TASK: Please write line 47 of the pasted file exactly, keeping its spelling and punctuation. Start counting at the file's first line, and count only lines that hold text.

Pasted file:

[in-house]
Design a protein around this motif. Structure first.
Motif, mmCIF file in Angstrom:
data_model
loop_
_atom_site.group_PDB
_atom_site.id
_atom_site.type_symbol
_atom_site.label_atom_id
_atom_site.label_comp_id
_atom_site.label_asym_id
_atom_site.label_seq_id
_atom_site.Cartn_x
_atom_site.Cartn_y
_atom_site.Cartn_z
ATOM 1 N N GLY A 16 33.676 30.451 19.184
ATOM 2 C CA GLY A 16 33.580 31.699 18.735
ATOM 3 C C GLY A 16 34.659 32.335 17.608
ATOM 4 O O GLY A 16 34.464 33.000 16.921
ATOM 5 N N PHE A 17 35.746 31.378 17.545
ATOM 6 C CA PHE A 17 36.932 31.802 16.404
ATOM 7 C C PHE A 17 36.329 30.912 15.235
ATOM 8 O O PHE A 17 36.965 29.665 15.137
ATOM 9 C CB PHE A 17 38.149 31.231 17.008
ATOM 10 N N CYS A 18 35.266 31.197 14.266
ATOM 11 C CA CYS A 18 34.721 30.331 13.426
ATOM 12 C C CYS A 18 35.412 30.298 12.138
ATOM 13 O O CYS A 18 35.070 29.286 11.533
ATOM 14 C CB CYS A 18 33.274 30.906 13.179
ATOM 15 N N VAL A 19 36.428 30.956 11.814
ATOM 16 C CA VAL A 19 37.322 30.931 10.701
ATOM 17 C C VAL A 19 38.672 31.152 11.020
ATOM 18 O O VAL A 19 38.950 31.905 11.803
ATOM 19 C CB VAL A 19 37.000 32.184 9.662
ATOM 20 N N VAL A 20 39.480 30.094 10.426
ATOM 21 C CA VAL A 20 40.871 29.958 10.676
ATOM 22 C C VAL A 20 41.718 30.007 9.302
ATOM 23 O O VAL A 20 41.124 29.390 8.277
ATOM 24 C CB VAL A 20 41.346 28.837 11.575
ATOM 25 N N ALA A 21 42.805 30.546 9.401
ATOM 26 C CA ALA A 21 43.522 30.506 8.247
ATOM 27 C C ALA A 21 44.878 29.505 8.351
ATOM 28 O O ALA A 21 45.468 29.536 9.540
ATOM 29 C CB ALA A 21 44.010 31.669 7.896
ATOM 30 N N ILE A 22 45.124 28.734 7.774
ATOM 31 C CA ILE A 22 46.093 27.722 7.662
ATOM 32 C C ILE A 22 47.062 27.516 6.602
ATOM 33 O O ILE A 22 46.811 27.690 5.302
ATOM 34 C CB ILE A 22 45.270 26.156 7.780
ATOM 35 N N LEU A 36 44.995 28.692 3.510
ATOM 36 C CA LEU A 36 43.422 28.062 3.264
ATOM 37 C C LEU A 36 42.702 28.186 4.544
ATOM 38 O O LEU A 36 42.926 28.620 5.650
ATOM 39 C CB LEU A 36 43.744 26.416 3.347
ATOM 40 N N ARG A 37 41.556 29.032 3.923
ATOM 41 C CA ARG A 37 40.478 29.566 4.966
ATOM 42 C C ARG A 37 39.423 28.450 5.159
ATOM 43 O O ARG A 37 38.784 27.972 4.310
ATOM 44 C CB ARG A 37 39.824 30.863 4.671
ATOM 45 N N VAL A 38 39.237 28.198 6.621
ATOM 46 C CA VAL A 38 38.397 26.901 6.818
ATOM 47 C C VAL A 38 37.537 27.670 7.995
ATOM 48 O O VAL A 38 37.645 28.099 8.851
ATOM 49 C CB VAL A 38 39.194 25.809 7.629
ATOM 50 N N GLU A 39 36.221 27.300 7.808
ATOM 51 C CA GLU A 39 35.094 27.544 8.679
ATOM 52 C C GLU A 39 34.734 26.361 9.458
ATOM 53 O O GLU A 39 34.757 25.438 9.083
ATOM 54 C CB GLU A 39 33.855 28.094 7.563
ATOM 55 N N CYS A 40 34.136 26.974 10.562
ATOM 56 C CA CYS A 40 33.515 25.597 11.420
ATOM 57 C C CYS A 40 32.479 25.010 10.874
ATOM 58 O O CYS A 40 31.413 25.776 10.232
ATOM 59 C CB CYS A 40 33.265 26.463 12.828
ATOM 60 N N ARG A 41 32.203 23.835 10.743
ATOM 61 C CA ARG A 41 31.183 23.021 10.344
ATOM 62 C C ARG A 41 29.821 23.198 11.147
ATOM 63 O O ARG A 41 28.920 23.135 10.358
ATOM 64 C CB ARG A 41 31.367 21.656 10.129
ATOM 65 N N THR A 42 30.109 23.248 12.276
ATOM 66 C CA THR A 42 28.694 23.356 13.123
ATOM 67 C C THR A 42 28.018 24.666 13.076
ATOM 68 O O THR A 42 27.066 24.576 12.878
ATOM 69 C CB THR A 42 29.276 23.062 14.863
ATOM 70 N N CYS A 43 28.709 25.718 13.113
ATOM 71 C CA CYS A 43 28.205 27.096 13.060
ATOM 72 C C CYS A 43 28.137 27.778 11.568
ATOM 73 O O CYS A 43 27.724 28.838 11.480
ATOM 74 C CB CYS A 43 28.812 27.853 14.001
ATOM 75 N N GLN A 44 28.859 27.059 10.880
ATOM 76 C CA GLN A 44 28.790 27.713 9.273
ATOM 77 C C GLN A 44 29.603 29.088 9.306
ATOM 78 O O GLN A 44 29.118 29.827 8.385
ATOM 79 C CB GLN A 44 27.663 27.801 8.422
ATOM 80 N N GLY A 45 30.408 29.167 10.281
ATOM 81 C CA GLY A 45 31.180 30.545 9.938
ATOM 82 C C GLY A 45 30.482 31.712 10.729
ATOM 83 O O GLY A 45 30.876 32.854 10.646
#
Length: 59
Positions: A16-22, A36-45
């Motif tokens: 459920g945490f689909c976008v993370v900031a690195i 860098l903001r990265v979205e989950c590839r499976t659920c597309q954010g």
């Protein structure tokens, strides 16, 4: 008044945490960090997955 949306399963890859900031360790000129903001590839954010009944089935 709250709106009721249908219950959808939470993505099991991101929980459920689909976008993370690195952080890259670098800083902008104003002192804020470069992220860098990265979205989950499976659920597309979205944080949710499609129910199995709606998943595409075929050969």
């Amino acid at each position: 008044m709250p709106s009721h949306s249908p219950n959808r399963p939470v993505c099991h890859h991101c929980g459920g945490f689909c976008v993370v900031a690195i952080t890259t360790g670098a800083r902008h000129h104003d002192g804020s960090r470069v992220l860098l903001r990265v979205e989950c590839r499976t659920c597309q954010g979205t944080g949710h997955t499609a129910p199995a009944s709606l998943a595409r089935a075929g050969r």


ATOM 32 C C ILE A 22 47.062 27.516 6.602